Time capsule contents offer glimpse of 19th century Derry
28 April 2015
The Mayor of Derry and Strabane yesterday revealed the contents of a 175 year old time capsule discovered in the foundation stone of the historic Gwyn’s Institute in Brooke Park.
The small lead capsule, which was placed in the footings of the former orphanage building in 1839, was opened by Donegal conservator Stefanie White yesterday at the Tower Museum.
The capsule contained a selection of coins from the era, one dating back to 1817, and some rolled up parchment. Due to the damp conditions the parchment will now be dried before opening and further examination. But according to an article in the Derry Journal of the time it is thought to contain a list of signatures made by local dignitaries, a copy of the Act of Parliament and a copy of the Will left by Institute founder John Gwyn. The businessman bequeathed a fortune of over £40,000 to the people of the city for the building of a facility to care for young male orphans.
Also inside the vessel were coins dating back to the time and some handwritten documents detailing the placing of the time capsule.
Speaking after the opening, Mayor of Derry and Strabane, Councillor Elisha McCallion said the time capsule would be a valuable piece in the Council’s archive collection: “It was fascinating to finally see the capsule yield up its contents, and to see the conservation process first hand. The documents enclosed give an intriguing insight into life in Derry back in the early 1800s, and the institution’s benefactor John Gwyn.
“The capsule is a valuable artefact in itself and I am sure the public can’t wait to see it on display. Thanks to the work carried out by Stefanie and the Parks Management & Development and Museums Teams, we hope to see the capsule and its contents on display over the coming weeks.”
The capsule was uncovered during a planned excavation of the site on the 2nd April, which is currently undergoing a major renovation as part of a multi-million pound regeneration project of Brooke Park.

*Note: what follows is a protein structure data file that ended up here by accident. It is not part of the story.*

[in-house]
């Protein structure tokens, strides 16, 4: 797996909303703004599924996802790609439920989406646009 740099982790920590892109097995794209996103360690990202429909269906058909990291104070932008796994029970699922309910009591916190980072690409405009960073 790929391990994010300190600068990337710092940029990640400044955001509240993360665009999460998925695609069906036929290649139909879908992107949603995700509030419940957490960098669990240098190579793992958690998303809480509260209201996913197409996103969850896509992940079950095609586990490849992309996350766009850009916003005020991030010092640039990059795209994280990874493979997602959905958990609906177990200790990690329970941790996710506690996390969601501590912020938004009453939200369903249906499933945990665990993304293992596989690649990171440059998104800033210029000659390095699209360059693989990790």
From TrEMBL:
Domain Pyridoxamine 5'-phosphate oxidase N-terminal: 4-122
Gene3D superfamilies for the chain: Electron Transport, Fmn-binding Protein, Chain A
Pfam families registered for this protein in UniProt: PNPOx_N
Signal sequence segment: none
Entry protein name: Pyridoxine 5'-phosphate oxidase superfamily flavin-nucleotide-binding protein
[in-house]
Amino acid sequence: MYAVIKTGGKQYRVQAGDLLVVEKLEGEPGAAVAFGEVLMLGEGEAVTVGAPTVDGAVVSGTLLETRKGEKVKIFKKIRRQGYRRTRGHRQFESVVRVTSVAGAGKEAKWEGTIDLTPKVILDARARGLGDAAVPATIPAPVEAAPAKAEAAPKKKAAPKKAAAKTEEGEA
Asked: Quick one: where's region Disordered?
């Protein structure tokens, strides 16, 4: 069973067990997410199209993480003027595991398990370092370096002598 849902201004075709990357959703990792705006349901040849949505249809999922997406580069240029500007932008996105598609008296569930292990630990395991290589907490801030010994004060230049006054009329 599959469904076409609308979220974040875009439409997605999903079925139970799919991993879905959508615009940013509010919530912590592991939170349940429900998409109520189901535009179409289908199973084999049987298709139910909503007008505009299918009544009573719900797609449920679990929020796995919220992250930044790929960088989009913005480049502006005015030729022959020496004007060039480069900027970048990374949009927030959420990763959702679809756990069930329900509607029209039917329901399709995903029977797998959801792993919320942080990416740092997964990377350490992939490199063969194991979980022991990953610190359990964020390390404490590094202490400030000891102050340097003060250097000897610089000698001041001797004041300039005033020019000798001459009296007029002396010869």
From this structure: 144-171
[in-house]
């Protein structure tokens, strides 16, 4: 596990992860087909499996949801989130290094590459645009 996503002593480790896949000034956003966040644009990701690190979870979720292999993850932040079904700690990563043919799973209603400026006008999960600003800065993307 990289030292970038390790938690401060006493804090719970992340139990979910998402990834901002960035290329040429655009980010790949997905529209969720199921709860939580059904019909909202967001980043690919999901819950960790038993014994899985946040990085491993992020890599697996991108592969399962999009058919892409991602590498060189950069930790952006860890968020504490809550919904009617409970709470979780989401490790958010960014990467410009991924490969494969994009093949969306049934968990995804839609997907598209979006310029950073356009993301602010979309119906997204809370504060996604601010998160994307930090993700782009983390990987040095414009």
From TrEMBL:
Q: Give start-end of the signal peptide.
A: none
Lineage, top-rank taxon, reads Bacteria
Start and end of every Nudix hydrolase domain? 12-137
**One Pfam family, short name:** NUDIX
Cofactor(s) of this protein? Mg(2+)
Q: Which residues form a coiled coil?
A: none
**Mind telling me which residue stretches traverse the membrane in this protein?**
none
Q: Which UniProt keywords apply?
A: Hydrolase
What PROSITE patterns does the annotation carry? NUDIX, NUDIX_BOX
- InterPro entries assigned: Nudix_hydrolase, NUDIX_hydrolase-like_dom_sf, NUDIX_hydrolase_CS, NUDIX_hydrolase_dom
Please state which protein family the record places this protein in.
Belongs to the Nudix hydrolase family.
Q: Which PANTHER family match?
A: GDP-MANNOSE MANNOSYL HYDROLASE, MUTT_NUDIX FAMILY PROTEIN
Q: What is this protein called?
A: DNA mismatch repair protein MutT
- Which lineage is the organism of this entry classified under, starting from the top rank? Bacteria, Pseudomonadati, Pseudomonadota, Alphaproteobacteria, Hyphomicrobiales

The Institute building itself was fire bombed during the Troubles, and demolished in 1986, but the plans will see a new building constructed on the site – Gwyn’s Pavilion - as a feature of the newly restored Victorian Park.
The regeneration project is part-funded by Derry City and Strabane District Council, the Heritage Lottery Fund through their Parks for People Programme and the Department for Social Development, and will see a major upgrade of facilities at the park as well as the enhancement of the historic parkland character.
Paul Mullan, Head of HLF Northern Ireland, said: “It is fantastic to see how this time capsule and its contents have sparked the imagination of the local community as well as those from further afield. It highlights a real interest in past generations and our rich heritage, and I hope people will enjoy viewing and learning more about these artefacts once they are displayed.”
Minister for Social Development, Mervyn Storey MLA said: “The unearthing of the time capsule is exciting news and a significant historic find for the city of Londonderry. During a recent visit to Brooke Park I got a chance to hear about the renovation project and the intention to search for the capsule.
“It is excellent news that, almost two hundred years later, the capsule will be reopened to give an insight into the city during the early Victorian era. I look forward to hearing about its contents and getting the opportunity to view them first hand.”
The building was originally built in 1839 on the request of Donegal businessman John Gwyn who left over £40,000 to support ‘as many male children of the poor or lowest class of society resident in and belonging to the city of Londonderry and the precincts around the same, as hereafter described, as the said funds will feed, clothe, and educate, orphans or such children as have lost one of their parents always to be preferred.’
The trustees of John Gwyn’s will purchased the site for the sum of £200 and on Monday, September 9th 1839, the foundation stone of Gwyn’s institute was laid by the Protestant bishop of the day, Richard Ponsonby. The building was designed by Samuel Jackson and built by John Lynn, the building opened its doors to its first pupils in 1840.